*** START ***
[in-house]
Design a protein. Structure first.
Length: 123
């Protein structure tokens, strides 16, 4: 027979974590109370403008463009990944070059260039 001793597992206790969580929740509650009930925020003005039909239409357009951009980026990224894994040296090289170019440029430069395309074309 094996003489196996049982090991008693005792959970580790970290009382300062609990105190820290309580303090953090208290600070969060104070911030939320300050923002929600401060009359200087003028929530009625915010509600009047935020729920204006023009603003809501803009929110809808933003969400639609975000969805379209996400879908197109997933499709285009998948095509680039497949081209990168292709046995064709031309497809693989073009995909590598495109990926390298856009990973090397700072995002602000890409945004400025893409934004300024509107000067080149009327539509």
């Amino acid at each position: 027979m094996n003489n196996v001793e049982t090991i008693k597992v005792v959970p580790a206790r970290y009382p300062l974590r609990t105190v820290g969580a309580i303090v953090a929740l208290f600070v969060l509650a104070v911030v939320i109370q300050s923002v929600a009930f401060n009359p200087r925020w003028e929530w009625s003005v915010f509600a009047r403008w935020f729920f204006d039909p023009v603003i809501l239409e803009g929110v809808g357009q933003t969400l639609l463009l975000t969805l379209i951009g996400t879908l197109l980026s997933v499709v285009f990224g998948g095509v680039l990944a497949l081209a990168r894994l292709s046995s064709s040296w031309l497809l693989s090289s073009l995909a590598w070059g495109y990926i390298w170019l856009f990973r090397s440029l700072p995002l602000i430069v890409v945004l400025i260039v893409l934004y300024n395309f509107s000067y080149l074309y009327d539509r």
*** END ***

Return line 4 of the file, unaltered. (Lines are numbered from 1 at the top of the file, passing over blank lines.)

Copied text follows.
């Protein structure tokens, strides 16, 4: 027979974590109370403008463009990944070059260039 001793597992206790969580929740509650009930925020003005039909239409357009951009980026990224894994040296090289170019440029430069395309074309 094996003489196996049982090991008693005792959970580790970290009382300062609990105190820290309580303090953090208290600070969060104070911030939320300050923002929600401060009359200087003028929530009625915010509600009047935020729920204006023009603003809501803009929110809808933003969400639609975000969805379209996400879908197109997933499709285009998948095509680039497949081209990168292709046995064709031309497809693989073009995909590598495109990926390298856009990973090397700072995002602000890409945004400025893409934004300024509107000067080149009327539509």